You will say the name of an animal. If it is an animal that hibernates, they should all drop to the floor and pretend to sleep until the music starts again.
*When you say the name of the animal, ask if it is a hibernating animal. "Ground Hog! Does it hibernate? (give time for them to answer) then, YES, they do! Good night Ground Hogs!"
or "PUPPY DOG! Does it hibernate? (give time to answer) NO, they do not! Keep dancing! (and put the music back on).
EXTENSION: In advance, print pictures of hibernating and non-hibernating animals. When you stop the music, show a card. Ask the children which animal it is. Once identified, ask if it hibernates and continue as described above.
Hi-bernation! sung to the tune of Alouette
Hibernation. Time for Hibernation. Hibernation. Time for a deep sleep.
In the winter where's the bear? Sleeping for weeks in its lair. Where's the bear? In its lair. OH! O! O! O!
Hibernation. Time for Hibernation. Hibernation. Time for a deep sleep.
In the winter where's the frog? Sleeping by a pond or log. Where's the frog? Pond or log. Oh! o, o, o!
In the winter where's the snake? In the mud beneath the lake.
In the winter where's the bat? In a cave is where its at.
Add plastic animals and small boxes or cups (for caves) to your sand table.
Use water in your sand and water table this week. Add some sand to make it a bit muddy and some plastic snakes and turtles to go along with your Hibernation theme! Of course, still provide water wheels, spoons, measurers, cups, etc.
Materials Needed: Ziplock baggies, lard (such as Crisco), ice cubes.
Put a large amount of Crisco in a baggie. Flatten Crisco to a layer in the baggie and seal. Make several of these bags.
This would make a good Circle Time discussion.
Give each child an ice cube and discuss winter animals that sleep (hibernate) through the winter. They eat a lot in summer and fall and the fat keeps them warm.
Now give a few of them a Crisco baggie. Lay it flat on their open palm. Place the ice cube on top. They should not feel the ice. This is similar to how animals' fat keep them warm from the cold weather.
If you have any, put out old bee hives and bird nests with magnifying glasses for the children to investigate. Provide paper and crayons as well so they can draw what they see!
Materials Needed: An Amaryllis flower growing kit.
This time of year we find these kits everywhere--the supermarket, drug store, etc. With the help of the children, follow the directions to plan the bulb.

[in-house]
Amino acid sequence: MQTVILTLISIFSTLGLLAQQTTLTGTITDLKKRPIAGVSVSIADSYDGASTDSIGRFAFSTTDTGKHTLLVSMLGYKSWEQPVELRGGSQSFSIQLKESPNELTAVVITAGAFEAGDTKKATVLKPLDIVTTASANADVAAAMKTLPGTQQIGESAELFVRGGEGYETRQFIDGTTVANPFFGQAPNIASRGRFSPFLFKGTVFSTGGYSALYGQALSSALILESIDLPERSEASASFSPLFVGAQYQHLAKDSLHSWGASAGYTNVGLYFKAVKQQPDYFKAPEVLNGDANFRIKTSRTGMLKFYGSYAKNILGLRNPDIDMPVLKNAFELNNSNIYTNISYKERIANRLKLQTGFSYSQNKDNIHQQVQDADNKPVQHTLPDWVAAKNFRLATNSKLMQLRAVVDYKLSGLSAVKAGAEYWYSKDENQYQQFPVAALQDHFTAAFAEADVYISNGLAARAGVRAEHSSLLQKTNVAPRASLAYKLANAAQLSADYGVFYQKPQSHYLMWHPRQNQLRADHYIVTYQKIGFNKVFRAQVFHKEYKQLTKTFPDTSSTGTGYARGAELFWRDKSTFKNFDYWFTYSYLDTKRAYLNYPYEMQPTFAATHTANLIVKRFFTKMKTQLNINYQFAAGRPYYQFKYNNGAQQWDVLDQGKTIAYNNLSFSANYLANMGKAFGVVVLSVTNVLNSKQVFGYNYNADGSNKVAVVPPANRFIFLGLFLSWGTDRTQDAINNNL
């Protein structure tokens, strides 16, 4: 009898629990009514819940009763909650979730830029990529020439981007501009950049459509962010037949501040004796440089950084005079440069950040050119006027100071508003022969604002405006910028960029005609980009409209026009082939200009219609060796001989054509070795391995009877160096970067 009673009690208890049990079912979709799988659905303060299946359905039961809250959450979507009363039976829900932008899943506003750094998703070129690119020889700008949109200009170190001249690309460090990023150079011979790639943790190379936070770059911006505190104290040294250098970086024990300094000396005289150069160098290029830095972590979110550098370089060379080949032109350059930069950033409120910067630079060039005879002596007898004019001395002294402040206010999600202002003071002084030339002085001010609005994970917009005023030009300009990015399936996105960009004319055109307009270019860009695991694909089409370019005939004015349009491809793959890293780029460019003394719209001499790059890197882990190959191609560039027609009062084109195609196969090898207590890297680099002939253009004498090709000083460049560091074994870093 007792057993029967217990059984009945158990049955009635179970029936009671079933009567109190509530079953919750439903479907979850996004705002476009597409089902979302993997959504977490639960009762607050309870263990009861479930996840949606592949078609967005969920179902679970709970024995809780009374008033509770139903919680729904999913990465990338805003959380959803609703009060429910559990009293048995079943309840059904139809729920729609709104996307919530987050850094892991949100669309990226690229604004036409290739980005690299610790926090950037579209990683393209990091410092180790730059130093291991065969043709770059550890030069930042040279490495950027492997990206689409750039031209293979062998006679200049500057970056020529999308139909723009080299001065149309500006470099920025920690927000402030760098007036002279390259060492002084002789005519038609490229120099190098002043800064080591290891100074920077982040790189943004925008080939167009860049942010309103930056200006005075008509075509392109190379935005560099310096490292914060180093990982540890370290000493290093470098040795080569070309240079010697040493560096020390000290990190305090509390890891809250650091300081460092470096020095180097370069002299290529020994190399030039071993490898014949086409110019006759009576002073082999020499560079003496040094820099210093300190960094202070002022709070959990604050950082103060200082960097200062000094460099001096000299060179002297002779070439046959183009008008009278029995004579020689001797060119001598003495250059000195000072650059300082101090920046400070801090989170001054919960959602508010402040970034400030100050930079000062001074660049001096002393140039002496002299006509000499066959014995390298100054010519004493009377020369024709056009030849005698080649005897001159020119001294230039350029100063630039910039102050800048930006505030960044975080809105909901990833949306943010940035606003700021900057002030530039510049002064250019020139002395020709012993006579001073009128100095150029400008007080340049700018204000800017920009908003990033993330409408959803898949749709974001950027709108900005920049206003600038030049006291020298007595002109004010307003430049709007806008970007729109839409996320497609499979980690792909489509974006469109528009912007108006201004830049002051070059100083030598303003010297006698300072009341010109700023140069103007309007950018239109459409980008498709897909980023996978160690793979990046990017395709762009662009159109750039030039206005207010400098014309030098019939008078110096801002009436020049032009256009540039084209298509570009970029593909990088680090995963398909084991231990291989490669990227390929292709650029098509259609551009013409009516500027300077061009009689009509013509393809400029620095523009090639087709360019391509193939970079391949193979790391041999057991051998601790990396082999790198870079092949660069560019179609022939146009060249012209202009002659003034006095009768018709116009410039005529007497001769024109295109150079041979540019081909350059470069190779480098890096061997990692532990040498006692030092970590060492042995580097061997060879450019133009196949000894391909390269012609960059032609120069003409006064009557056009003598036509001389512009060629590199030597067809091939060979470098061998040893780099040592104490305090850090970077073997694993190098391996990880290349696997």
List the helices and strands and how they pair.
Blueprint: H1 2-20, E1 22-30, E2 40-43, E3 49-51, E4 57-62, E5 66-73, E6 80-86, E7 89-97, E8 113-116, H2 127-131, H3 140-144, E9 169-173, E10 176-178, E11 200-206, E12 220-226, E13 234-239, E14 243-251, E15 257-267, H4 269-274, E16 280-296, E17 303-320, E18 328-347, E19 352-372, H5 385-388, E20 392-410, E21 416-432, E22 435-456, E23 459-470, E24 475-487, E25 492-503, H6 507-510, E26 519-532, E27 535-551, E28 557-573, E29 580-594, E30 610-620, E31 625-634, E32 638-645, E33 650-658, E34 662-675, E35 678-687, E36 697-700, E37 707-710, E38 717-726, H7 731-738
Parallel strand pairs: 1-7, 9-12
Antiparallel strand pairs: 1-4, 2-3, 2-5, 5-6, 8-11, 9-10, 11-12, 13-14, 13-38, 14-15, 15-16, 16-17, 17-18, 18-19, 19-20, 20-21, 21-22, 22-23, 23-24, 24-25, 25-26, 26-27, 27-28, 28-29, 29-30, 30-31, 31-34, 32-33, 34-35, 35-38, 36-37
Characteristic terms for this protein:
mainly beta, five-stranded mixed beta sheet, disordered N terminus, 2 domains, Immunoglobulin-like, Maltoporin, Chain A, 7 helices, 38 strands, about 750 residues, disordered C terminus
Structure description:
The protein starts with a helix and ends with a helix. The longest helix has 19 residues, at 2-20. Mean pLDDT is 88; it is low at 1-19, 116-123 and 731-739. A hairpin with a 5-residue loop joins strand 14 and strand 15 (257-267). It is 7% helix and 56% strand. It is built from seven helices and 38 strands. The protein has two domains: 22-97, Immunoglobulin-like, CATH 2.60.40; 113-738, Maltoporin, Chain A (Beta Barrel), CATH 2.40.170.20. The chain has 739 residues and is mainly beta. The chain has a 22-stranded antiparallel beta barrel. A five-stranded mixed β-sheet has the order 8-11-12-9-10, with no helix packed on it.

This will be a long-term project...weeks! Have journals at the table where this is (we had one for each child) so they can record the changes as they see them.
We talk about how it comes out of it's own state of hibernation (so to speak!) as it gets warmer.
Paper, animal stickers, markers.
Instruct the children to make a sticker paper and then use the markers to draw or write on their pictures to embellish it!
Materials Needed: animal stickers, markers, paper
Encourage children to make a sticker collage paper. Ask them if they can use the marker to draw a line to match the animals. "Can you draw a line from that owl to that owl?" Great fine motor practice as well as visual discrimination! Their own home made eye spy of sorts!
Otherwise known as PAJAMA DAY!
Choose one day (and give families PLENTY of notice!) to be your Pajama Day! On this day, the children can bring in a stuffed animal to lounge around with! We usually serve Hot Cocoa and make popcorn on this day to make it special.
For my favorite flavored popcorn to make in the classroom using a Hot Air Popper===> Click Here! (a new window will open, the recipe is near the bottom of the page).
I send a note home to parents preparing them for our hibernation theme along with the date that the Hibernation Cave activity will take place.
I explain that I will need their child pick out a small stuffed animal that will go into hibernation in our classroom cave until spring.
At the end of our theme I introduce our classroom cave (that I have prepared ahead of time for our animals). The students then bring in their stuffed animals and place them in our cave until spring.
When spring arrives we celebrate and at this time the animals wake up and go back home at the end of the day.
There are many opportunities with a Hibernation theme for visitors to your classroom! Survey parents for opportunities as well as your local community!
Some ideas for visitors:
Visiting Animal Farm (There are some companies that go to preschools and schools with different animals. It can be pricey, but not much more than it would cost to charter a bus and the entrance fee to an outside field trip!).
Do you have a hibernation activity that you think should be on this page? Please share the knowledge with your colleauges here! Send the activity by using the form below and I'll get it added to this page!